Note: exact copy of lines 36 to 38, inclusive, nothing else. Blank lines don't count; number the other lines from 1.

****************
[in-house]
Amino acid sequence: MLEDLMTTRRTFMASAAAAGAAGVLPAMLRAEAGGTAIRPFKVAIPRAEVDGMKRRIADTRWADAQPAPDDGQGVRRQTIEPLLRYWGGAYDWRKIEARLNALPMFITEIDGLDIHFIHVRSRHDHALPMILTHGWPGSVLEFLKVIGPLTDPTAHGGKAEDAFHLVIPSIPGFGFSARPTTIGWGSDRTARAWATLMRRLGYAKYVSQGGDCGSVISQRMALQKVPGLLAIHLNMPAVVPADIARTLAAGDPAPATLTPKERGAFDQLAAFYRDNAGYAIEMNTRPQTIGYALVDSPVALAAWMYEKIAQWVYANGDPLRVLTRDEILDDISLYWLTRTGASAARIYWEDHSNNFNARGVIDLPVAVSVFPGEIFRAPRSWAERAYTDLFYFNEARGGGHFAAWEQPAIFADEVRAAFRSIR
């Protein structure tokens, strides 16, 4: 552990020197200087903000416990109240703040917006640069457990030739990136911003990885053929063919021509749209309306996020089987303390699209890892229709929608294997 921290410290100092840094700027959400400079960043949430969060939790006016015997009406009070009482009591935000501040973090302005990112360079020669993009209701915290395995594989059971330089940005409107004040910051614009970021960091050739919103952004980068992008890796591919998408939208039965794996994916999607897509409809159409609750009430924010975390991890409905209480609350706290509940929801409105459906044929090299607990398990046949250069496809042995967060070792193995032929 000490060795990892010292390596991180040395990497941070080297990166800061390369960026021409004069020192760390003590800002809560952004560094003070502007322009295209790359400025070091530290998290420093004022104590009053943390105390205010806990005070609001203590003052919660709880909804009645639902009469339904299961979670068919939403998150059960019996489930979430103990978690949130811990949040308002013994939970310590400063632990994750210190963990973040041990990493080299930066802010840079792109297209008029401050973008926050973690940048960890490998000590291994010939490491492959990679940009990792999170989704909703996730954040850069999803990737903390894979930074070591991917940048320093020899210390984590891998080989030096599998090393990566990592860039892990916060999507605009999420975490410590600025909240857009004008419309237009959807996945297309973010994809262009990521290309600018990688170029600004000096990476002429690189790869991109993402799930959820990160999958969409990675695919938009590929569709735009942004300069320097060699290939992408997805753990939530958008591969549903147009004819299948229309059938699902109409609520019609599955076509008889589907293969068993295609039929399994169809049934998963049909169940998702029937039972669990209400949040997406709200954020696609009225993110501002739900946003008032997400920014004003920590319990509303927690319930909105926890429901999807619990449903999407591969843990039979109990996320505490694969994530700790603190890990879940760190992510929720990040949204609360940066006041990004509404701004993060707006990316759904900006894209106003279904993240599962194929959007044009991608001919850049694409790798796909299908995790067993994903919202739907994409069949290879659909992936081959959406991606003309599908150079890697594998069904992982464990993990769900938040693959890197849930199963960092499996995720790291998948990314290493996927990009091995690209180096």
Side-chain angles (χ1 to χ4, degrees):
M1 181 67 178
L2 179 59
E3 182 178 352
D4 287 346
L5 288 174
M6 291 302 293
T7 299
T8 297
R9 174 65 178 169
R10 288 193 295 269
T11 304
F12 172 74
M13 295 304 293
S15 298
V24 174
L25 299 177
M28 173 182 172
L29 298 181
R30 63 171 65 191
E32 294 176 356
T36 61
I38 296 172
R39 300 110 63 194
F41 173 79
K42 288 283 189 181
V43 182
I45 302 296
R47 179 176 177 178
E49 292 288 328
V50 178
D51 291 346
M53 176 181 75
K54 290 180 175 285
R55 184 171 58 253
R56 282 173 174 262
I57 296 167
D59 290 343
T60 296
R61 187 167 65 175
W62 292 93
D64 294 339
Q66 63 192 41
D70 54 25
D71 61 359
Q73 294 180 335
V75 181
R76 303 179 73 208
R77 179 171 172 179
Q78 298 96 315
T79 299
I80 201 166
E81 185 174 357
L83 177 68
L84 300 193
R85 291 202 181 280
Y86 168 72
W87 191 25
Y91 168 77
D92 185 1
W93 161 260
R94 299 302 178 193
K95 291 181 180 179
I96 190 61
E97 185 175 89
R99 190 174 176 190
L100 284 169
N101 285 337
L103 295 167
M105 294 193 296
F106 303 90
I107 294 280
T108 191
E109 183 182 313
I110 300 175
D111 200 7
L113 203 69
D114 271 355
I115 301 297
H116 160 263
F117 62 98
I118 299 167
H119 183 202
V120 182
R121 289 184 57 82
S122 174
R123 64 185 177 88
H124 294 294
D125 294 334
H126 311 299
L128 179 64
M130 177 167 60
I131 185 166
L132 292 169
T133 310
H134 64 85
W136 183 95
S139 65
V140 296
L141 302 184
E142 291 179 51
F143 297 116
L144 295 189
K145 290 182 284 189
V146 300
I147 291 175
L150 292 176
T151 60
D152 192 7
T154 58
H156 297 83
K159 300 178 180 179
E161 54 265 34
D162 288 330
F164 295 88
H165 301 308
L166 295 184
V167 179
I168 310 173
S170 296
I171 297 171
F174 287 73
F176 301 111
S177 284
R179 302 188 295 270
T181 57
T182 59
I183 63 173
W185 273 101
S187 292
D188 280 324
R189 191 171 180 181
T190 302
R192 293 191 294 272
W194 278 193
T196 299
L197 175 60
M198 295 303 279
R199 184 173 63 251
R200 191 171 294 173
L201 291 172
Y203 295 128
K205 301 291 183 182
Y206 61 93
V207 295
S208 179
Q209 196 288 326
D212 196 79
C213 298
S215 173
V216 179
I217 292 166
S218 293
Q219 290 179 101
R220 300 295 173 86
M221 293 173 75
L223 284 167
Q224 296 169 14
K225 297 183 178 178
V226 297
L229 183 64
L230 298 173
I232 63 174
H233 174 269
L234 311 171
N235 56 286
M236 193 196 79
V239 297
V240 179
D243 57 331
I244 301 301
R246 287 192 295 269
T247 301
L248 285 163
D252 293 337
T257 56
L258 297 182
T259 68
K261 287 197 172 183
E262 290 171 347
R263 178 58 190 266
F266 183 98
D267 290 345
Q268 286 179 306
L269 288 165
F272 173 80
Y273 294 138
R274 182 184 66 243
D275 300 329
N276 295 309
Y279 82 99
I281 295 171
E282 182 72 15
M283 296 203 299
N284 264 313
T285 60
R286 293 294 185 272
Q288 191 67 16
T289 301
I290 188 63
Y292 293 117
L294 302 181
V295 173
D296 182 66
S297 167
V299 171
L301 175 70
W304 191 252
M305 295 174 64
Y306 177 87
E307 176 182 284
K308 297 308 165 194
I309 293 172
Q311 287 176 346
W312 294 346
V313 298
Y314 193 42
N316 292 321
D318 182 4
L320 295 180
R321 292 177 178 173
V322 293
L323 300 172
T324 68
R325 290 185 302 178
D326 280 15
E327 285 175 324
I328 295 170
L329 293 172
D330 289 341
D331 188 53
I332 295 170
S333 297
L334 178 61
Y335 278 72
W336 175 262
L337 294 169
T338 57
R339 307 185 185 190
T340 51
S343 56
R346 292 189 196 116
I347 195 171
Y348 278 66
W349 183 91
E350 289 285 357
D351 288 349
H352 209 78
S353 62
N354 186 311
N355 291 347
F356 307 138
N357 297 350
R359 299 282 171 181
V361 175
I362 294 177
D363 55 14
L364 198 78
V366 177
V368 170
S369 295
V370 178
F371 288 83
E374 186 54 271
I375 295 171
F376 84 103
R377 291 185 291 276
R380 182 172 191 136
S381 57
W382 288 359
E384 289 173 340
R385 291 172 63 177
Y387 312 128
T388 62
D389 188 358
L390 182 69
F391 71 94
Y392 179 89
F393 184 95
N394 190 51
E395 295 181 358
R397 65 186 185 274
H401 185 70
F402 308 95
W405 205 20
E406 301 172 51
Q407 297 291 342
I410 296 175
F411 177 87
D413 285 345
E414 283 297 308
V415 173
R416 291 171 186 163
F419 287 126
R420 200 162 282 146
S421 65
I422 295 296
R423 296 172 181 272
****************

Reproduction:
M53 176 181 75
K54 290 180 175 285
R55 184 171 58 253